Better Life- College

Life advice from someone who has a lot of life left to live.

I just need to take a breathe for a moment. I have been caught up in a whirlwind of activities since August 17. All of my college applications are finally in, allowing me to breathe a huge sigh of relief. Looking back on this long, crazy experience, I see that there are many things I did well, but also things I wished I had done a little differently. I know I’m not the only one who had to deal with college craziness, so I’m going to share some advice on how to continue through this process.

  Start as early as possible. I don’t mean that as a freshman you have to know exactly what you want to do because odds are, you’ll end up changing your mind. You don’t have to know what you want to do with the rest of your life to prepare for college. You can begin studying for the ACT or SAT, or keeping your grades up. Something that I wish I would have done is keep a list of all of the activities I was in and awards I have won. I found it incredibly difficult to remember what I did four years ago, which sounds silly, but I’d like to see you try.

  My second piece of advice is to stay on top of applications. If a school has an early action deadline, aim to get your crap together by then. Early action is non-binding, unlike early decision, and can sometimes result in more scholarship money. Some colleges also offer fee waivers if you get your application in by a certain date. The key here is organization. I made a spreadsheet to keep track of all dates, fees, and what extra materials I would need to complete the applications. You need to find your own method of organization, especially when it comes to all of the mail and emails. I recently deleted well over 100 emails from colleges and scholarship websites, and kept about the same amount as well. I got very overwhelmed by the volume of emails coming in and didn’t utilize the folders I had created to keep them in their rightful places. So, when you do create your organizational system, use it. Do not get buried in a pile of emails that you will need at least 48 hours to sort through.

  Speaking of getting overwhelmed, it is surprisingly easy to feel like you’re drowning in the college search. Fear not! Besides staying organized, there are several things to do to keep your head above the water. Talking to your friends and family helps a lot. If they’ve experienced college already they can give you some really helpful advice on what to consider when picking the place that’s right for you. You can also ask the college staff if you’re confused on application requirements or the process in general. The admissions team is there to help you and are more than willing to help you out in any way. Not only is that their job, they are upbeat people who want you to apply to their school.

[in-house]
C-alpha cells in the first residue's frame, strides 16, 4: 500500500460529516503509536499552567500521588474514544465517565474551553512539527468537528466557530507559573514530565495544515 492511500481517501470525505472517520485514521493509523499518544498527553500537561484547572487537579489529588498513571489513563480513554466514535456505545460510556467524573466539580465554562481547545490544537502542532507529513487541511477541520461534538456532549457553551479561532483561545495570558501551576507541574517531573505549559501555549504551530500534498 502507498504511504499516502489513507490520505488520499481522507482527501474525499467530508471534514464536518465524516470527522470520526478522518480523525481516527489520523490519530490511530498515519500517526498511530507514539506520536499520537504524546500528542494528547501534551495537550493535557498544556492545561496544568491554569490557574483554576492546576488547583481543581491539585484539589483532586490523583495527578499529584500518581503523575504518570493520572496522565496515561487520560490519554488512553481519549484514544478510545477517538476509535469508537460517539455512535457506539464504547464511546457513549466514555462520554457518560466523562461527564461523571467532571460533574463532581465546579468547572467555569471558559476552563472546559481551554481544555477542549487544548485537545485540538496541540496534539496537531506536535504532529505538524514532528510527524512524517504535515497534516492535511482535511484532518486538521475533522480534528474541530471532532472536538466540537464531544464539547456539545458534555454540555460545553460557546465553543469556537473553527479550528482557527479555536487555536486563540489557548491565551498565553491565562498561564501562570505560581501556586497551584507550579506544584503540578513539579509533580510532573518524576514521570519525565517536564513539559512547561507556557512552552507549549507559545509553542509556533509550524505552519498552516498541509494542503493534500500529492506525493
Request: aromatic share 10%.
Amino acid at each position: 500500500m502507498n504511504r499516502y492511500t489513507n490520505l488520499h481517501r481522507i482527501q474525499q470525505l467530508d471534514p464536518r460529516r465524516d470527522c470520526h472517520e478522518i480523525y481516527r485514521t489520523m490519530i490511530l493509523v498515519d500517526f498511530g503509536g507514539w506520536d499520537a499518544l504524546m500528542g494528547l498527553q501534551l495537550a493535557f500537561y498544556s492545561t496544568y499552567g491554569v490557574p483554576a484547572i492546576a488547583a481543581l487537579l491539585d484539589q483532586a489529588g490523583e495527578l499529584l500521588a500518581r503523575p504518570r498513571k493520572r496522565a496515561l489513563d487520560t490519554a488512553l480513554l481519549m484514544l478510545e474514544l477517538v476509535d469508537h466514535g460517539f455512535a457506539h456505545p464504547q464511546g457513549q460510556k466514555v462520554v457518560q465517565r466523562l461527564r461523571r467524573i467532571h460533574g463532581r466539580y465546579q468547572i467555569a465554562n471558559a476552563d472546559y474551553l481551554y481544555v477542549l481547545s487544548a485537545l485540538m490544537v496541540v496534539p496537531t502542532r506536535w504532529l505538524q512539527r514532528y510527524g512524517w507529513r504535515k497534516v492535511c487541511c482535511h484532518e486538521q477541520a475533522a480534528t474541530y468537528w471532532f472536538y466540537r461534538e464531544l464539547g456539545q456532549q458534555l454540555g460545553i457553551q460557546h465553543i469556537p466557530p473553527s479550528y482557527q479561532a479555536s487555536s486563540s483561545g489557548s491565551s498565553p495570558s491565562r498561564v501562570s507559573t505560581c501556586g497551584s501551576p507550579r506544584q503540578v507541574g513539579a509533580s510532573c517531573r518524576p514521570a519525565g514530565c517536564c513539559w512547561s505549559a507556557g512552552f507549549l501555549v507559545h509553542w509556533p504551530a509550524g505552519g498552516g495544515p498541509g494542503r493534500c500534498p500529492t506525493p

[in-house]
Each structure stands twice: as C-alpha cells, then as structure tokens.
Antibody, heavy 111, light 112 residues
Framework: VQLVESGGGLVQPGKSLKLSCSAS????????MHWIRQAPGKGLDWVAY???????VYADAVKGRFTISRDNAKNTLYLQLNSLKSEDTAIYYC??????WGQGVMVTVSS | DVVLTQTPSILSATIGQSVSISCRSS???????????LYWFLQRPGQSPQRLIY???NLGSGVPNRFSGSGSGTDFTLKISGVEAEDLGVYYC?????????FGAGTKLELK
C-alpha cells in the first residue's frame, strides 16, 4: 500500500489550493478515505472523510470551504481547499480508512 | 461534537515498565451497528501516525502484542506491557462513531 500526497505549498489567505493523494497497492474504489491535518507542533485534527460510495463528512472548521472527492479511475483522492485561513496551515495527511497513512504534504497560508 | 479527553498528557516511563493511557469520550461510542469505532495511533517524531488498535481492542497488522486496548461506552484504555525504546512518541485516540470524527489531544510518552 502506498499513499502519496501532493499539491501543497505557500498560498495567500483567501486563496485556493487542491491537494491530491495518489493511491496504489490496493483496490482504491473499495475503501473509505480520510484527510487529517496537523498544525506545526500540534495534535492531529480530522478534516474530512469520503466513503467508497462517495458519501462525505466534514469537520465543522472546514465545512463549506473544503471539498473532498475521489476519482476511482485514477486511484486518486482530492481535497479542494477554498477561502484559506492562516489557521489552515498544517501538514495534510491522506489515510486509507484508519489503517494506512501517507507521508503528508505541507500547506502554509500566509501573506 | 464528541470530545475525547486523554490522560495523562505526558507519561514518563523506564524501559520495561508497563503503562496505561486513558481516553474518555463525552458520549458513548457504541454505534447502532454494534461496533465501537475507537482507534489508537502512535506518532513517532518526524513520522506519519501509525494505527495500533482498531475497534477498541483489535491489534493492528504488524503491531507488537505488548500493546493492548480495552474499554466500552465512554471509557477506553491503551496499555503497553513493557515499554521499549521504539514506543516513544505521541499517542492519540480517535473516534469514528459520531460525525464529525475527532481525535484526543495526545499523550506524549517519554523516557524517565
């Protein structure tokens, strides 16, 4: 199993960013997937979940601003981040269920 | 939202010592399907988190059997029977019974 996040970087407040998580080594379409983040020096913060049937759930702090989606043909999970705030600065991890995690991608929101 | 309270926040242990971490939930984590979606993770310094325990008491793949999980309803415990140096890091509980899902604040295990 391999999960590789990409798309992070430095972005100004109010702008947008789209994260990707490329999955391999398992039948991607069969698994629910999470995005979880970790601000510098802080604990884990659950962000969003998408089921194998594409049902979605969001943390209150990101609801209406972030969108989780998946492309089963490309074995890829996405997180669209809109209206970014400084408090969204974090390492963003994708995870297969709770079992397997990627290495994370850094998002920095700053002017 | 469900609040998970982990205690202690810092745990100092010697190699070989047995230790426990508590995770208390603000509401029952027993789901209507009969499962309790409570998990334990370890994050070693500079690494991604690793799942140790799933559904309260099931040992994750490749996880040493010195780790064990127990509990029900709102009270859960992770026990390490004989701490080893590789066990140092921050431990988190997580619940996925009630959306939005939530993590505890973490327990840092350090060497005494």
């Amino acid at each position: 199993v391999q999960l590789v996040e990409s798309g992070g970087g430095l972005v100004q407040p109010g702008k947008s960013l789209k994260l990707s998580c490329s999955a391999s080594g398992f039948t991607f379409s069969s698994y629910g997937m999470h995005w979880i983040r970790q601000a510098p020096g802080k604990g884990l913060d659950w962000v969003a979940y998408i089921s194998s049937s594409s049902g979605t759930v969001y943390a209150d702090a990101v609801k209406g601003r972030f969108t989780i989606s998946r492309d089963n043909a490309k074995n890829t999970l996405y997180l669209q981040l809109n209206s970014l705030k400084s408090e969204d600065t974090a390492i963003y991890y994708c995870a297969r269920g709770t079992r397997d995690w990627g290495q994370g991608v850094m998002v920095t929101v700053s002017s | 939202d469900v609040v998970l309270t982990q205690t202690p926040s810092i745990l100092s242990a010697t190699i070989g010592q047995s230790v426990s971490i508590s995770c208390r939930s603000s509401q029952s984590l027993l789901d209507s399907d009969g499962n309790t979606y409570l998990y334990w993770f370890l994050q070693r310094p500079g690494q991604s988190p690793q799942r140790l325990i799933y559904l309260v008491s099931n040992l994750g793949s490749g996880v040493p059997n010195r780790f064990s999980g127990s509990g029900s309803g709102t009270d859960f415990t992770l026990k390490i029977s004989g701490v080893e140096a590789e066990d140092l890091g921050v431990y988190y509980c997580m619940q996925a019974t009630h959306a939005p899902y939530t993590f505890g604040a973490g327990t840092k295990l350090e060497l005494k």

Teachers, especially your English teachers, are good resources as well. They are often willing to read your college essays and give you helpful feedback on what you can do to make it better. The more eyes you can get on that paper, the better. Every pair can give you a different perspective on what colleges may be looking for. Be sure to ask them if they would rather have a paper copy or a digital copy of your essay to make a few comments on, and give them enough time to look at it. They may not be able to look at it at the exact moment you hand it to them.

  Finally, it is important to find a balance between your schoolwork and the college process. This is something I still struggle with- I have problems finding time to do my homework and write college essays and put together my portfolio and… well, you get the picture. My advice would be to set aside certain days to work on college stuff every week. Maybe you have very little going on on Tuesdays, Thursdays, and Sundays. Take time these days every week to get at least one thing done for college, no matter what happens that day. It doesn’t always have to be something long and time consuming. This way you’ll be able to get a little bit done at a consistent rate.   

  Senior year is as exciting as it is busy. I don’t think I’ve ever had more work to do in my life. But that’s okay. I look forward to my future, and you should, too. As Dr. Seuss once said, “You have brains in your head, and feet in your shoes. You can steer yourself any direction you choose.”

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